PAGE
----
Tough road ahead for the Maoists

The ongoing political wrangling aside, of all the political parties, the CPN-Maoist is most likely to lead the new government. However, it remains to be seen if the former insurgents can craft a working coalition while at the same time embarking on the most important task of all: drafting a new constitution. The reluctance of other big political parties to join the Maoist-led government hints that the Maoist reign will be no plain sailing.

Most political parties are unconvinced that Maoists are capable of peaceful, competitive politics. Continuing YCL brutalities certainly do not help clean up their blurry image. In this context, how will they go about governing democratically? Can they? Perhaps the Chinese lesson will be instructive. In an incisive essay in Foreign Affairs, John L. Thornton, Chair of the Broad of Brookings Institution, explores the beliefs of Syn Yat-sen, Mao Zedong and Deng Xiaoping regarding democracy. Though all of them agreed that China needed some sort of democracy, what they had in mind was a far cry from the Western concept of the word.

Clarifying on the Chinese model of democracy, Premier Wen Jiabao, in a 2006 meet with a delegation from the Brookings Institution, said: “When we talk about democracy, we usually refer to three key components: elections, judicial independence, and supervision based on checks and balances.”

Does the Maoist concept tack along the same line when they vow to adhere by democratic norms? It is worth noting that press freedom is virtually nonexistent in China and the Communist Party of China (CCP) still rules with an iron fist.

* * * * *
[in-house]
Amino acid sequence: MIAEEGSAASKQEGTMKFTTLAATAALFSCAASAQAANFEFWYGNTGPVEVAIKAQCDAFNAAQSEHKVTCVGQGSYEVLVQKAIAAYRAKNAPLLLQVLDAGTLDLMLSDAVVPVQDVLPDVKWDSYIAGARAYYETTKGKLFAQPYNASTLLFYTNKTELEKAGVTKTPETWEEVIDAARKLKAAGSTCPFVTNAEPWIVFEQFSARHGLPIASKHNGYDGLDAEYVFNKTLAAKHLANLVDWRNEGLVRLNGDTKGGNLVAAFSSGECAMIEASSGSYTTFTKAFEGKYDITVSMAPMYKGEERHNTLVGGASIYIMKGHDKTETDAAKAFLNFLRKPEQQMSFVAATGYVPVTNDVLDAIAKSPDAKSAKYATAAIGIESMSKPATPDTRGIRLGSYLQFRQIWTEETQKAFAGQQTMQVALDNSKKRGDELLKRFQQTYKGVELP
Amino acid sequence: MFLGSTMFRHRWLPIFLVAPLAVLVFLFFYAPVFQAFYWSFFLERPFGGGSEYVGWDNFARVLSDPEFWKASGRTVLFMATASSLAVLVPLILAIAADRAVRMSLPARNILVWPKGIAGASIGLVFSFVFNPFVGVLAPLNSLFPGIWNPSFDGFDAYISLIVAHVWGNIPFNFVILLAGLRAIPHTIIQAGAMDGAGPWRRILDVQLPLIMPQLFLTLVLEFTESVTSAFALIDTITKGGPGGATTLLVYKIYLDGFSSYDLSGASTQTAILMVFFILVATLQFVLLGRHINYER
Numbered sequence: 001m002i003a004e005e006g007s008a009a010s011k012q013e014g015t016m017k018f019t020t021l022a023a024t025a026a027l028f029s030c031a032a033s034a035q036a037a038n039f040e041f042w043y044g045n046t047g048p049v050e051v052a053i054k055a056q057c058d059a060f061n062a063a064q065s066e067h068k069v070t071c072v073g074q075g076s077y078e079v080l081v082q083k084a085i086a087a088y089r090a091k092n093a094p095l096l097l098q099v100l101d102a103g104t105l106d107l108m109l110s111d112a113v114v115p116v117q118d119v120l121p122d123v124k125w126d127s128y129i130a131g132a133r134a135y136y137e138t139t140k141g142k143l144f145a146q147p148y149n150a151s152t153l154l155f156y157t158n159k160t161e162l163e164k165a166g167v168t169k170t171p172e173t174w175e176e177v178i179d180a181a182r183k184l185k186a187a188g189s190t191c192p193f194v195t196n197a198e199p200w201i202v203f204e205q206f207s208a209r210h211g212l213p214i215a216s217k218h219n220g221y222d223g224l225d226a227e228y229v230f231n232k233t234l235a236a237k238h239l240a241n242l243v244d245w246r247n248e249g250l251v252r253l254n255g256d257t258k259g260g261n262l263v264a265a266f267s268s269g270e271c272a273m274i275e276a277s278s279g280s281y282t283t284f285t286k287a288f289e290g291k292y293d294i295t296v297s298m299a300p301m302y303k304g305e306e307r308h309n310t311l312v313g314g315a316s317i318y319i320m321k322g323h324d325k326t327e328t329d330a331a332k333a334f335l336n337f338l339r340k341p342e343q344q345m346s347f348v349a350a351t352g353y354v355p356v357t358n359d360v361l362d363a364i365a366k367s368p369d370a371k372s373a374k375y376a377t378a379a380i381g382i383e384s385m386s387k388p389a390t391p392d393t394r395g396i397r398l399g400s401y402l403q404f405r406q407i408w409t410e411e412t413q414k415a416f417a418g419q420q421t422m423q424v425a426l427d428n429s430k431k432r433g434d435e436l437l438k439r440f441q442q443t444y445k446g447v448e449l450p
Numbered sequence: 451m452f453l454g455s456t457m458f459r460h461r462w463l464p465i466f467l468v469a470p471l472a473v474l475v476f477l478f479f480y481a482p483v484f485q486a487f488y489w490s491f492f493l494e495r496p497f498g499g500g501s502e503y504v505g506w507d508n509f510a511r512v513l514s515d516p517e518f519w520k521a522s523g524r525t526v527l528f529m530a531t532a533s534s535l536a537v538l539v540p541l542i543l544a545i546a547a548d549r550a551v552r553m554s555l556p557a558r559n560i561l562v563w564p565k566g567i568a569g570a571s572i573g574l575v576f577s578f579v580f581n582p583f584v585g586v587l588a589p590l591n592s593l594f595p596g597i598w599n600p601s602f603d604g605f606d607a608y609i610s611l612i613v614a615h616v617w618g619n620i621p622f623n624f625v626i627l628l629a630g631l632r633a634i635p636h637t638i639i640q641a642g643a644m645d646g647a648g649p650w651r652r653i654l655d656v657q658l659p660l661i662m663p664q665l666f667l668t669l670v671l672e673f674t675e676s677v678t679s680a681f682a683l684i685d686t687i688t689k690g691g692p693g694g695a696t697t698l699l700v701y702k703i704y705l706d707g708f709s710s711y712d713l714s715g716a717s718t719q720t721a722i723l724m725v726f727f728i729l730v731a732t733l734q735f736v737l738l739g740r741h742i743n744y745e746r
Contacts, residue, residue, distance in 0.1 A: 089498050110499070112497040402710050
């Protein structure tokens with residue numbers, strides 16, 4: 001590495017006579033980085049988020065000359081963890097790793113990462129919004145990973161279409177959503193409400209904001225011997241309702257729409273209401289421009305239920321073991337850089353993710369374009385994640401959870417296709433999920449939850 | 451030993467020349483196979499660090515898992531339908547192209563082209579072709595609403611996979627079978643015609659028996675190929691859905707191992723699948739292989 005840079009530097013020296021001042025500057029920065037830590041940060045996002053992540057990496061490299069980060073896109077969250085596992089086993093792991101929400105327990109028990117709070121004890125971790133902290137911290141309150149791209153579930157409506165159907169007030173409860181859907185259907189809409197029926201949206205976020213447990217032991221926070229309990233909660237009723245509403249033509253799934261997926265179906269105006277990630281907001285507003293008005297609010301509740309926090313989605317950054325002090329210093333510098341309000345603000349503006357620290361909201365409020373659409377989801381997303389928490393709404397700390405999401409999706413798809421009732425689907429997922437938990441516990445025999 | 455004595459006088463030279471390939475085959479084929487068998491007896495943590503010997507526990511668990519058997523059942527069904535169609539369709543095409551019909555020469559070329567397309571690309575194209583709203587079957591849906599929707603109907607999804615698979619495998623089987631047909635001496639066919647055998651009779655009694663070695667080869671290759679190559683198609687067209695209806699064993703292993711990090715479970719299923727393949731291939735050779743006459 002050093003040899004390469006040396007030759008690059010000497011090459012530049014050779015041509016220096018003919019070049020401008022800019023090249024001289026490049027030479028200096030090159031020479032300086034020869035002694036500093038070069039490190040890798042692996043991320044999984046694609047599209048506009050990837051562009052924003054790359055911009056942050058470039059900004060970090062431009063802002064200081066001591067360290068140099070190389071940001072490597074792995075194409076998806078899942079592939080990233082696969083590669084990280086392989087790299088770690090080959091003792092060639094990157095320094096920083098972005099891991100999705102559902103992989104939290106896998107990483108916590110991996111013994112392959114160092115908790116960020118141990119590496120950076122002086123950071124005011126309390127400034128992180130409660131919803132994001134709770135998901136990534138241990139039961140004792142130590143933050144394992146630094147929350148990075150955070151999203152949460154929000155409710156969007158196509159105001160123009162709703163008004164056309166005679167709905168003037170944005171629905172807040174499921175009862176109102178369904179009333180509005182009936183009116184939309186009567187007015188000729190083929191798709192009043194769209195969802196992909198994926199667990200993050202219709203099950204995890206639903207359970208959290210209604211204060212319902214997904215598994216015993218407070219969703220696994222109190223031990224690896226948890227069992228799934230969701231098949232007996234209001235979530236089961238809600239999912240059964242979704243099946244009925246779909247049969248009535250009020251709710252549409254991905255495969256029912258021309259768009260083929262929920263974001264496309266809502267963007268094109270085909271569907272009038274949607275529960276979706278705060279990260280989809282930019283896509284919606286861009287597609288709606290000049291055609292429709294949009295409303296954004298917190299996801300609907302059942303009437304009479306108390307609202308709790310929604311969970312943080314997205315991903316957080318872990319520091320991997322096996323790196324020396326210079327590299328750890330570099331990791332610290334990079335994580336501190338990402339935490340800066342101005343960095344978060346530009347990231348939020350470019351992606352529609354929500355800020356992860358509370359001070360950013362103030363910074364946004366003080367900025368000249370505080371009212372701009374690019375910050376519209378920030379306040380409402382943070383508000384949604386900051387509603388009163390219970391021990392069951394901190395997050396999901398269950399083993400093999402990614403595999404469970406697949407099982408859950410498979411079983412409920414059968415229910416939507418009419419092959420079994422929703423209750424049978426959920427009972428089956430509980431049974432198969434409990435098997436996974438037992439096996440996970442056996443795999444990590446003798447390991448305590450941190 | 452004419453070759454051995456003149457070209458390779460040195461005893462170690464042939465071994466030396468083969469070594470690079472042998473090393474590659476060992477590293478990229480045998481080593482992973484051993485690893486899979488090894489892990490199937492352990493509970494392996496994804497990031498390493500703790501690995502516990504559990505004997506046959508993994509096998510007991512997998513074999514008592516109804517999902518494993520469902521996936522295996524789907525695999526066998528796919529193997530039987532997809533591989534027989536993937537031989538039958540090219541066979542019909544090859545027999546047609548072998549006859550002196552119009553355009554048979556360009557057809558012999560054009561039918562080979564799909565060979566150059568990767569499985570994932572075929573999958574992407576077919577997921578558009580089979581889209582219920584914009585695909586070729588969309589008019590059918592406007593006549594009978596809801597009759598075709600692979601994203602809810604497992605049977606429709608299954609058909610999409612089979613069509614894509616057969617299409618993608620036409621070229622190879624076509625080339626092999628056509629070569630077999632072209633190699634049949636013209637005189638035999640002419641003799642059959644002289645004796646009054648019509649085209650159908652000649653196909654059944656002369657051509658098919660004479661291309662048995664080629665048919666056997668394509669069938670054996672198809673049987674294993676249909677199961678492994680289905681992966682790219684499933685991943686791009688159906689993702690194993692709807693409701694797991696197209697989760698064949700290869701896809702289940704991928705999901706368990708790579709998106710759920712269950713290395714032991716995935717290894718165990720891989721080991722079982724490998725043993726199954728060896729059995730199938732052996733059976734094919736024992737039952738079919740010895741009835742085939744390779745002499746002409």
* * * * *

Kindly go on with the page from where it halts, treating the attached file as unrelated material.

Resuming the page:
Or will the Maoists adopt the model of former USSR as their chief ideologue Dr Baburam Bhattarai indicated in a recent TV programme when asked how the Maoists would go about achieving the breakneck GDP growth of over 20 per cent. The Cold War was central to Soviet economic revival post Second World War. The US had left USSR far behind in the arms race. Stalin set out to achieve some level of parity through crash industrialisation and collectivisation

of agriculture — which produced the desired results (though the level of economic growth at the time is often disputed; the USSR put it at around 13.9%), but at the cost of millions of innocent lives in forced labour camps.

In his seminal work, The Future of Freedom: Illeberal Democracy at Home and Abroad, Fareed Zakaria points out how it is vital that the basic infrastructures of liberalism are in place for a democracy to function effectively. It is a matter of dispute if Nepal has the needed infrastructure; but most tellingly, Zakaria notes, per capita national income is the most reliable indicator to that end. Only the countries with average income in the range of $3,000-$6,000 (or above) have made successful transition to democracy. Nepal, with $1,100 (in PPP) is a long way off. Even if they so desire, will the Maoists be allowed to pursue economic liberalism at the cost of political freedom, alike Singapore under Lee Kwan Yew?

Whether the Maoists lead a coalition or run the show alone, whichever democratic model they adhere to, the ex-rebels will find themselves in unchartered waters owing to Nepal’s unique geo-political and socio-cultural complexities. This will make their job so much more difficult.